It's hard to know where to start.
Neal Breakfield, unrepentant sock puppet extraordinaire, is back at it again with a guest editorial in the Advertiser. Talk about misplaced loyalties. Even as BellSouth prepares to sell out to AT&T to create America's largest phone monopoly, Breakfield continues to act in ways that benefit the telecom incumbents and damage the interests of a project the local community has overwhelmingly approved.
While Breakfield neglects to mention his long-standing opposition to Lafayette's project, readers should be reminded that Breakfield was one of the very few voices to be raised against the project locally. He vociferously opposed the idea with various rationales and ran a distasteful site called fiber 411 on which posters regularly trash-talked the project and the character and motives of local citizens from behind its wall of anonymity.
But the best place to start is with Breakfield's charge that Lafayette somehow considers itself "above the law" for pursuing repeal of a law that has repeatedly been used to thwart the will of the voters. It's hard to understand where Neal finds the gall to claim that Lafayette considers itself above the law. Talk about hypocritical. Beyond running fiber 411 and appearing at press conferences Neal's main claim to fame was to file a dubious, "unsworn" complaint against Mayor Durel which, apparently, was found to be without merit since the time has elapsed when a verdict to the contrary would have been announced. In the normal course of events a finding against a person like Mr. Durel would be the first the public would have heard of the matter since it is against the law to discuss unsworn complaints publicly--precisely to prevent folks from using the ethics commission to publicize and give weight to what is essentially rumor-mongering. But Neal's unsworn complaint was announced on the editorial pages of the Times of Acadiana. Neither he nor his partner in unethically discussing a charge he wasn't willing to swear to (Eric Benjamin) has found it convenient to apologize for illegally publicizing a complaint that turned out to be baseless. This makes his strange plaint about others believing that they are "above the law" more than a little hypocritical.
This guest editorial represents a return to the Fear, Uncertainty, and Doubt (FUD) strategy so long pursued by the incumbents. Powerful, dominant, corporations have long used such tactics to smear their upstart competition. Issues are raised that are, generally, either untrue or irrelevant but which always raise doubt about the character or the competence of their opposition. The point is not to lay out a good or even defensible line of reasoning in opposition to what a corporation dislikes. The purpose is simply to raise a long series of scary "possibilities" that surround the opposition's product with so many ugly suppositions that people come away with the impression that something must be wrong.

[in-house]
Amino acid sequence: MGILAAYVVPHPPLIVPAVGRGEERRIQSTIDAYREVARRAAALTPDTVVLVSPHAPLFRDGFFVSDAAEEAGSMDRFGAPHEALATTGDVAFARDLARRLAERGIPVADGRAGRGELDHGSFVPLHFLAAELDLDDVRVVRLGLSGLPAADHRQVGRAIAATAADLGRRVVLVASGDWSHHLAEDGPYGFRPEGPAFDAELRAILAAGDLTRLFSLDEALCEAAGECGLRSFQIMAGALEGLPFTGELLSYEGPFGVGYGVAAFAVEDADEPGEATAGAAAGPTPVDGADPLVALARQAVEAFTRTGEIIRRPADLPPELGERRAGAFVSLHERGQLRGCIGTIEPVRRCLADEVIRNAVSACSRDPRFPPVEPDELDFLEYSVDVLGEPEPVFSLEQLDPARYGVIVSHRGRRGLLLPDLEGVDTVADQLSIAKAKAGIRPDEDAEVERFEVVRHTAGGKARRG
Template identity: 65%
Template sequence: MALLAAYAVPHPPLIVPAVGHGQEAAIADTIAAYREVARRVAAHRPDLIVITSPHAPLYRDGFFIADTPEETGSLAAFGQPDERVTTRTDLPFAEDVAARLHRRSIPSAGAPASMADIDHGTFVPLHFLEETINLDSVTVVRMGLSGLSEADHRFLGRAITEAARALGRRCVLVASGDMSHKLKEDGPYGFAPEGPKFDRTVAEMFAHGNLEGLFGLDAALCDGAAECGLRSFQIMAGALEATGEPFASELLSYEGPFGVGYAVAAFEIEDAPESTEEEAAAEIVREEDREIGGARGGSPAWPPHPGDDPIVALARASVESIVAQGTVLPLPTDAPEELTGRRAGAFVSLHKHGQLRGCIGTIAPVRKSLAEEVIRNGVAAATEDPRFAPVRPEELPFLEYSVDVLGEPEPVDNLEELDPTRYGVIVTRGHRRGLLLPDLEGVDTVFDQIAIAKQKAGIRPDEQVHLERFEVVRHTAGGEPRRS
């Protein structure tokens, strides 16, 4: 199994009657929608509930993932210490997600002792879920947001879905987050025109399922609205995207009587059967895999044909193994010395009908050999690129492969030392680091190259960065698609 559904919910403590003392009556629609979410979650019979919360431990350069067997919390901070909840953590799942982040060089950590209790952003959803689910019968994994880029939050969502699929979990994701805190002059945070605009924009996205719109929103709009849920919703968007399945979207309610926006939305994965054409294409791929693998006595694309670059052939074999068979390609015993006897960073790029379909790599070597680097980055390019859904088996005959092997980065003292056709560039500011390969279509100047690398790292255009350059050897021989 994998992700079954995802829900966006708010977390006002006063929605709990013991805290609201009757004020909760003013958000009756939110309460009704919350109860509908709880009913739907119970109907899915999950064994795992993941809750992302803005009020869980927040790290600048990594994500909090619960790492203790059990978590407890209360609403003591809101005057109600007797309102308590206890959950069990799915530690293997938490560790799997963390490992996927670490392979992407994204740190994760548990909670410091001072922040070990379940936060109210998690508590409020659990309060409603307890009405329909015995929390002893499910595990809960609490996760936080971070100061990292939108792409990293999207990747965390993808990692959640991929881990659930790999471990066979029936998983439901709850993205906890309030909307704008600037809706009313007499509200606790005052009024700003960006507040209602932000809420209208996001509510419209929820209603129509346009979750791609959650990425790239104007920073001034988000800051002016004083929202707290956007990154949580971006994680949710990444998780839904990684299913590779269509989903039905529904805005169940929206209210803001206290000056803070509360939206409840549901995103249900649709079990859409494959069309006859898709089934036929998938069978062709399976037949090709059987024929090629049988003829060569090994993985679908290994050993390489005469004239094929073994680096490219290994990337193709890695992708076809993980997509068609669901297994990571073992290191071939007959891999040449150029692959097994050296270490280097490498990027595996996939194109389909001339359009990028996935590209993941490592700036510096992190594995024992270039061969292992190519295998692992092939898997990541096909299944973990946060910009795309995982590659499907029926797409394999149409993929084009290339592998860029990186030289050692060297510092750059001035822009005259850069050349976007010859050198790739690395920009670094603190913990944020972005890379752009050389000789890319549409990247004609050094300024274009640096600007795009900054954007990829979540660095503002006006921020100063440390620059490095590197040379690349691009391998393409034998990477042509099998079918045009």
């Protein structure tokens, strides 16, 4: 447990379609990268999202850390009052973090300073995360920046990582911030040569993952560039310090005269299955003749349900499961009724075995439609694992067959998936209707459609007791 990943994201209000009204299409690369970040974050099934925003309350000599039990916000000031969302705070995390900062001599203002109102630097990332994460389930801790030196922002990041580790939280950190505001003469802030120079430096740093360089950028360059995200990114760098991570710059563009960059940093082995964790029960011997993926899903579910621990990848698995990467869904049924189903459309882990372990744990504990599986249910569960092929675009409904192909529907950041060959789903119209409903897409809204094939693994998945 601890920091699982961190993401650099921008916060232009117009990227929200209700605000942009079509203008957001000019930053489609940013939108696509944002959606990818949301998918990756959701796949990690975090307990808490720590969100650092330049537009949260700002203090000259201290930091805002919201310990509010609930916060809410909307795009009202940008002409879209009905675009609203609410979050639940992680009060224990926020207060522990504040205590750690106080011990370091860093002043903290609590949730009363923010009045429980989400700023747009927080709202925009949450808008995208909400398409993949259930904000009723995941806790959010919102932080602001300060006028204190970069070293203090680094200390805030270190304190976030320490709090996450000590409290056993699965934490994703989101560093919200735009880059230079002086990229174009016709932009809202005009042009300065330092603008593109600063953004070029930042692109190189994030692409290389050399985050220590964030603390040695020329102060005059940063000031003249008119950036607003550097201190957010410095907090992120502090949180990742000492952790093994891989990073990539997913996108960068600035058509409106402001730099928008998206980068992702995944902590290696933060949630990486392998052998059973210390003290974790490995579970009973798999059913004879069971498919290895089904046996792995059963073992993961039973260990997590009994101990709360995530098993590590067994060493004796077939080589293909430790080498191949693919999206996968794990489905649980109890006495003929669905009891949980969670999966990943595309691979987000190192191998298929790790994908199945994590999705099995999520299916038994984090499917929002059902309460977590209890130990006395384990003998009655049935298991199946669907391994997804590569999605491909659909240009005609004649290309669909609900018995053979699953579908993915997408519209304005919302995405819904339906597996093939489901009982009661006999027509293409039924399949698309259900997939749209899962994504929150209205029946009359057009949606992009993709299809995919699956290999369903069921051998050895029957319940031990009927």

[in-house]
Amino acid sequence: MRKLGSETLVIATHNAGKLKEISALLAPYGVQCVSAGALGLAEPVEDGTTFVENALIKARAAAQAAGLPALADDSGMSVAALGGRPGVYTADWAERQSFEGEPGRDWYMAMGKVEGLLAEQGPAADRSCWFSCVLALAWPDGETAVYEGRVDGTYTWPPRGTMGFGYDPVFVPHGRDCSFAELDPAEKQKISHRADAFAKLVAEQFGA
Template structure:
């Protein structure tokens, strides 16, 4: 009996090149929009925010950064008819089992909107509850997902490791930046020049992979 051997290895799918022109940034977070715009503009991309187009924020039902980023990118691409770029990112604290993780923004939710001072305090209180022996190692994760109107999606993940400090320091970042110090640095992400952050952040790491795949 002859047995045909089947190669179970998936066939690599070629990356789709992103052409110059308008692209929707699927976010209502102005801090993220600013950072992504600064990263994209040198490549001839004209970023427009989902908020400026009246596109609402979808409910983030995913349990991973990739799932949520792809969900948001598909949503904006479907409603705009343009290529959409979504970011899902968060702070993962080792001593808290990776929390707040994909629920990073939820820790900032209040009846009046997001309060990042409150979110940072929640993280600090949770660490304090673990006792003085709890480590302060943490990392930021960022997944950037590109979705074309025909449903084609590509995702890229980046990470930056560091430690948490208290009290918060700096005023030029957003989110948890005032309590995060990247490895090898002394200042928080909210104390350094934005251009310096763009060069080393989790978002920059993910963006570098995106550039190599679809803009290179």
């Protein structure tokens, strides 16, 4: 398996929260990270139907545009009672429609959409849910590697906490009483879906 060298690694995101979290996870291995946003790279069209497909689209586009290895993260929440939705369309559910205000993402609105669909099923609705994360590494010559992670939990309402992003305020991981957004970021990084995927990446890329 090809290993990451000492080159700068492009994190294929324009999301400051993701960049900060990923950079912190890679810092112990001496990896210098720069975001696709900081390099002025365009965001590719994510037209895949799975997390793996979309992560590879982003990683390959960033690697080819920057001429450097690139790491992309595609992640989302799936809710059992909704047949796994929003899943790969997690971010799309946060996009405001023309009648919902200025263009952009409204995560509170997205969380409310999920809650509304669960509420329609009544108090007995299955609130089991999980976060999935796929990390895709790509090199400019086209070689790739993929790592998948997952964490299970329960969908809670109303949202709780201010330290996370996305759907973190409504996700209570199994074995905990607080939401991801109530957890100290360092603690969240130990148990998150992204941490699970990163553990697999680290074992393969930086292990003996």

In the odd, mirror world that Neal occupies trying to repeal a law is the same as being "above the law." It's not--it is obviously the opposite of that. Neal has no objection to the endless lawsuits and obstructionism at the Public Service Commission that has served to delay a project Lafayette voted to approve. His emphasis is entirely on the successes that the incumbents have enjoyed with this strategy. He ignores the fact that the ordinance we all voted on and approved is the same one which BellSouth finally found a court to take it side on--after the author, Cox, the city, the public service commission (who filed a brief in support) and various legislators have all indicated that they think BellSouth is betraying deals made in conference and misinterpreting the law. He rhetorically asks whether we voted on that ordinance. We did! Explicitly. On July 16th
Breakfield ignores the fact that the co-sponsor of the Local Government Fair Competition Act is now spearheading the effort for repeal in the Senate just as he ignores the fact that the people did in fact vote on the ordinance BellSouth sued us over. He's not eager to ask why the Acadiana delegation has lined up for repeal. He doesn't ask why Cox refused to join BellSouth's suit over this ordinance.
Breakfield wants to pretend that the city joining all these folks in thinking BellSouth wrong and defending itself in court when sued by its potential competition was to engage in "blatantly illegal" behavior. Wildest nonsense. Defending yourself in court is the opposite of "illegal" behavior just as seeking repeal of an unjust law exhibits the opposite of considering yourself "above the law."
At some point you would think that having been repudiated at the polls would end this type of self-indulgent foolishness. Or that a decent regard for the judgment of the community would induce a little more care in attacking its interests. Apparently not. The community has ignored this sort of nonsense from Neal before and I've little doubt that it will be ignored once again.